The cold has caused at least 12 deaths since Saturday across the Midwest, according to officials and news media reports. Some died in weather-related traffic accidents, others from apparent exposure to the elements.

Videos this week showed boiling water freezing as it was tossed in the air in Cedar Rapids, Iowa, and transit workers in Chicago setting fire to train tracks to keep them from locking up.

Even parts of the South, such as the mountains of Kentucky, Tennessee and upper Georgia, will be in the single digits, the weather service said.

More than 30 record lows were shattered across the Midwest. Some areas only saw a high of minus 10F (minus 23F) on Wednesday.

The lowest temperature recorded that day was minus 40F (minus 40C) in International Falls, Minnesota, just south of Canada. The city, dubbed the “Icebox of the Nation,” saw temperatures drop another 5 degrees F early on Thursday.

U.S. homes and businesses used record amounts of natural gas for heating on Wednesday, according to preliminary results from financial data provider Refinitiv.

But the picture was set to change. By the weekend, Chicago, which experienced near-record cold of minus 23F (minus 30C) on Wednesday and minus 21F (minus 29C) on Thursday, was expected to bask in snow-melting highs in the mid-40s to low 50s Fahrenheit. So will other parts of the Midwest.

“It’s going to feel quite balmy in comparison,” Orrison said.

The weather caused hundreds of traffic accidents, including a chain-reaction collision of about two dozen cars in Grand Rapids, Michigan, during a whiteout on Wednesday, local media reported.

More than 2,500 flights were canceled and more than 3,500 were delayed on Thursday morning, most of them out of Chicago’s O’Hare International and Midway International airports, according to the flight tracking site FlightAware.com.

General Motors Co suspended operations at 11 Michigan plants and it’s Warren Tech Center after a utility made an emergency appeal to users to conserve natural gas after extreme cold and a fire at a compressor station. Fiat Chrysler Automobiles NV  also canceled a shift on Thursday at two of its plants.

(Reporting by Rich McKay in Atlanta; Additional reporting by Suzannah Gonzales and Karen Pierog in Chicago, Gina Cherelus in New York, and Alex Dobuzinskis and Dan Whitcomb in Los Angeles; Editing by Larry King, Bill Trott and Jonathan Oatis)

Record-breaking cold clobbers two-thirds of the U.S.

FILE PHOTO: Cars move along a snow-covered road in Denver, U.S., January 22, 2019 in this video grab obtained from social media video by Reuters January 28, 2019. Denver International Airport/via REUTERS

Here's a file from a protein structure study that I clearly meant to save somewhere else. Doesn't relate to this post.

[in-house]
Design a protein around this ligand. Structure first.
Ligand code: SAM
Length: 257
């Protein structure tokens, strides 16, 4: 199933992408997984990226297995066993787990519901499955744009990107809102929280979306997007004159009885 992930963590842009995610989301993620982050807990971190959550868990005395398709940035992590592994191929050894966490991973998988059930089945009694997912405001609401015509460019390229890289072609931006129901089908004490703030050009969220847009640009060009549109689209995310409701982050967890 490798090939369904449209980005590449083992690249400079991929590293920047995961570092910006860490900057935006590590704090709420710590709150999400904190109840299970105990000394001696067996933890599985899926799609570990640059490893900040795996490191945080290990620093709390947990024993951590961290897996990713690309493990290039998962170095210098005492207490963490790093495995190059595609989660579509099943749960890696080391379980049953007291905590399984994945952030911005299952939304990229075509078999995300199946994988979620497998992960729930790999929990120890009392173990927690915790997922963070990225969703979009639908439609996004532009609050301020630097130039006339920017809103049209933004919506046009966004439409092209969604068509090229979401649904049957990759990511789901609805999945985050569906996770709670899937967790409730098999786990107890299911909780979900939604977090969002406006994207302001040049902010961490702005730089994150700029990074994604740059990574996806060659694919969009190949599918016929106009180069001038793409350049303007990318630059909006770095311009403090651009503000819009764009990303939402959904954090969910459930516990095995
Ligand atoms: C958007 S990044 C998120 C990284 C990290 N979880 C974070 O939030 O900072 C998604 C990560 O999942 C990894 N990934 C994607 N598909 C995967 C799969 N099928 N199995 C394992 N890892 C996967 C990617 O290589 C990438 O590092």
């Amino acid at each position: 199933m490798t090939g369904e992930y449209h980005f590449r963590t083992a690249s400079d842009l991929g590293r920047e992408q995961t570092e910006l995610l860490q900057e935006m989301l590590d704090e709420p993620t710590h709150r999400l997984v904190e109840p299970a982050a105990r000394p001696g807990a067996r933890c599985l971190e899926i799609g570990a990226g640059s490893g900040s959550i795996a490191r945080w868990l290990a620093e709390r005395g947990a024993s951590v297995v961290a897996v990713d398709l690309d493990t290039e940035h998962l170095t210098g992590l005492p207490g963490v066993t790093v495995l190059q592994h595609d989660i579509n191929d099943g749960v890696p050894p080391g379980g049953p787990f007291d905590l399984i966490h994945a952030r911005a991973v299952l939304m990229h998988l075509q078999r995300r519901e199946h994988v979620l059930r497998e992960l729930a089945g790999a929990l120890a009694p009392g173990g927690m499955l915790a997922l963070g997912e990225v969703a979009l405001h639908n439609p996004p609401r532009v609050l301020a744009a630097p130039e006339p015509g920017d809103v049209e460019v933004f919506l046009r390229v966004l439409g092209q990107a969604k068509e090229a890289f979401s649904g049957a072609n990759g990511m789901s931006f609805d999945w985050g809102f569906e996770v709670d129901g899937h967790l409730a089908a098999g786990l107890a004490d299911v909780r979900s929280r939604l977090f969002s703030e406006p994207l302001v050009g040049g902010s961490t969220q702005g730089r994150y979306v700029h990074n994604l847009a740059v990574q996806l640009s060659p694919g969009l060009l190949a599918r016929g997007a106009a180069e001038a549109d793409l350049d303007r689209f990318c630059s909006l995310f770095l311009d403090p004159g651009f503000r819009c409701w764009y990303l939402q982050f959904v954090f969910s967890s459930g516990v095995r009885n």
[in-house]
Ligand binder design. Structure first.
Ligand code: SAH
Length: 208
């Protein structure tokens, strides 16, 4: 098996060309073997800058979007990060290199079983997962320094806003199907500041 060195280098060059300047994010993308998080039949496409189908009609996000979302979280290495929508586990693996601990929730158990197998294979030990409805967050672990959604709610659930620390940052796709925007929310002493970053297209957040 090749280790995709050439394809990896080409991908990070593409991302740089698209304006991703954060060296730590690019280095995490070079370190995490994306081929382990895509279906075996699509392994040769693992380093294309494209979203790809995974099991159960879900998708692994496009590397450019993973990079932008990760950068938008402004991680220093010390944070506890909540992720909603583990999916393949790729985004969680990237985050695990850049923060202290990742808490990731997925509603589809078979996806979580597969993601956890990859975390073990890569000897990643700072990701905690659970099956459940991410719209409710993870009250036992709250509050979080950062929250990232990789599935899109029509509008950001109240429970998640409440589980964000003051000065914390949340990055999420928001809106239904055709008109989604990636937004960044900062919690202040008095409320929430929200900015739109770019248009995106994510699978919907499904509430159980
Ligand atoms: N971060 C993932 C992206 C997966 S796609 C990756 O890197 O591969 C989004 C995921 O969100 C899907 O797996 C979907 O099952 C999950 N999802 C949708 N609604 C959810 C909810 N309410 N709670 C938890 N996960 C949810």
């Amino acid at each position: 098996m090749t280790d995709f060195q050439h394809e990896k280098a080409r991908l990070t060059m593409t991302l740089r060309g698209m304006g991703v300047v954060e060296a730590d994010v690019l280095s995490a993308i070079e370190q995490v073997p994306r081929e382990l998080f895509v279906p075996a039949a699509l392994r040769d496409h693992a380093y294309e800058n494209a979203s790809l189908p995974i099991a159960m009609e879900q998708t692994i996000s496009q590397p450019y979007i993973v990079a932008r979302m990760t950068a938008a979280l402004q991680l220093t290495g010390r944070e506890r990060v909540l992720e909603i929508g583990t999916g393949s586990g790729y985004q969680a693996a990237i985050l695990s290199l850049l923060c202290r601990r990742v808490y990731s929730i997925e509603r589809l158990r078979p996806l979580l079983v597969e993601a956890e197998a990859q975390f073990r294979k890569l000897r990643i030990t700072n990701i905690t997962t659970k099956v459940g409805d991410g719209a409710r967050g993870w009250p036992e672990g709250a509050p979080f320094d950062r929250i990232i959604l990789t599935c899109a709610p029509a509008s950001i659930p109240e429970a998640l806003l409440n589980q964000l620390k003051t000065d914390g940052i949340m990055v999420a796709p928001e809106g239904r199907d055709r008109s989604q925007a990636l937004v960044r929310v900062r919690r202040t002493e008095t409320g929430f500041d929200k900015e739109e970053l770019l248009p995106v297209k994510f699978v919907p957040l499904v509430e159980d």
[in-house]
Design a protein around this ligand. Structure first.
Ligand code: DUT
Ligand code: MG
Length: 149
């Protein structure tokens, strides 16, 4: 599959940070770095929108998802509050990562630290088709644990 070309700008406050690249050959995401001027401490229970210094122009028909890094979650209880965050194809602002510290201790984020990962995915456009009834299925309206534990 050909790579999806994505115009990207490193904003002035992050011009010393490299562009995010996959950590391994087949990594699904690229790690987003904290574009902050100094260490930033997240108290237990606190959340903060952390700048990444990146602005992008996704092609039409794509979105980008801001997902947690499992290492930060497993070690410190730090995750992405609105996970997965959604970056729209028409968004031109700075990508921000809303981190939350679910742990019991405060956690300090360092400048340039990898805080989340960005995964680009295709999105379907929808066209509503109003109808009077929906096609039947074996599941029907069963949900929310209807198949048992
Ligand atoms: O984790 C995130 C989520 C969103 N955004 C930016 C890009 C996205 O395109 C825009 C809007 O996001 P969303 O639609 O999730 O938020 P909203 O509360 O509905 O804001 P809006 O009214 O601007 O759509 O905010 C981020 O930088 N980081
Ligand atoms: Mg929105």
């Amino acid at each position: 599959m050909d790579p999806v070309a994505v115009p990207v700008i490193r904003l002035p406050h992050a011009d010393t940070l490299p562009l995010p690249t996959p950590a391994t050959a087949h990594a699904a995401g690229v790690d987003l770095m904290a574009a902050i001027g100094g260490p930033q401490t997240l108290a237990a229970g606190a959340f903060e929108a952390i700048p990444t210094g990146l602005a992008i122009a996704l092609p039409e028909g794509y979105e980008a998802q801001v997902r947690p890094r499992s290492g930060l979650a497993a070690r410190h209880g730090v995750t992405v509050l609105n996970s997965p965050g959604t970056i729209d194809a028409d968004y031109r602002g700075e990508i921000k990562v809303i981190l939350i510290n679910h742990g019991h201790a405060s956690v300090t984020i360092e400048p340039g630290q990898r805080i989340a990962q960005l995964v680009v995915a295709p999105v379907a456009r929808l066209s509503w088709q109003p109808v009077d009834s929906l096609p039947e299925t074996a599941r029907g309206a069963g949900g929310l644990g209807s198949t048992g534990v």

By Rich McKay

(Reuters) – Two-thirds of the continental United States will be a frozen ice box Tuesday, as the so-called polar vortex of frigid arctic air spins across the U.S. Midwest, clips the Great Lakes, the Ohio Valley and pushes on into New England.

And the sub-zero cold and bitter winds will stick around for a couple of days, possibly bringing dozens of record lows with a life-threatening freeze before dissipating by the weekend, the National Weather Service reported (NWS).

The polar vortex is a mass of freezing air that normally spins around the North Pole, but has slipped southward and swirled into the United States, forecasters said.

The hardest-hit area will be the Midwest, where wind chill could bring temperatures as low as -50 F (-46C) in the Chicago area by Tuesday evening, the NWS reported. One-to-two feet of snow was forecast in Wisconsin, and six inches in Illinois.

Even Alabama and Mississippi could see snow, the service added.

“This arctic air dumps out of Canada and will affect us for days,” said Richard Bann, a forecaster with the NWS’s Weather Prediction Center in College Park Maryland.

“We’ll even get some snow this afternoon in the (Washington) D.C. area,” he said. “And because it’s so cold, there won’t be much of a warm-up Wednesday. You’ll have to wait for the weekend, before you see any higher temperatures.”

Blizzard conditions were predicted across parts of the western Ohio Valley and snow was expected through Wednesday from the Great Lakes region into New England.

States of emergency have been declared from Wisconsin and Michigan, down to Alabama and Mississippi.

In Illinois, Governor J.B. Pritzker said wind chill could drive temperatures to -55 degrees Fahrenheit in northern parts of the state on Tuesday evening, a level that can cause frostbite in a matter of minutes.

“This is a potentially historic winter storm that will bring extreme cold to our state and all Illinoisans must prepare,” Pritzker said in a written statement released by his office.

Parts of north and central Georgia are expecting about 2 inches of snow or more in the coming days, along with freezing rain and ice-slicked highways. Georgia Gov. Brian Kemp shut down government offices in 35 counties Tuesday, and schools across swaths of the state are also closed.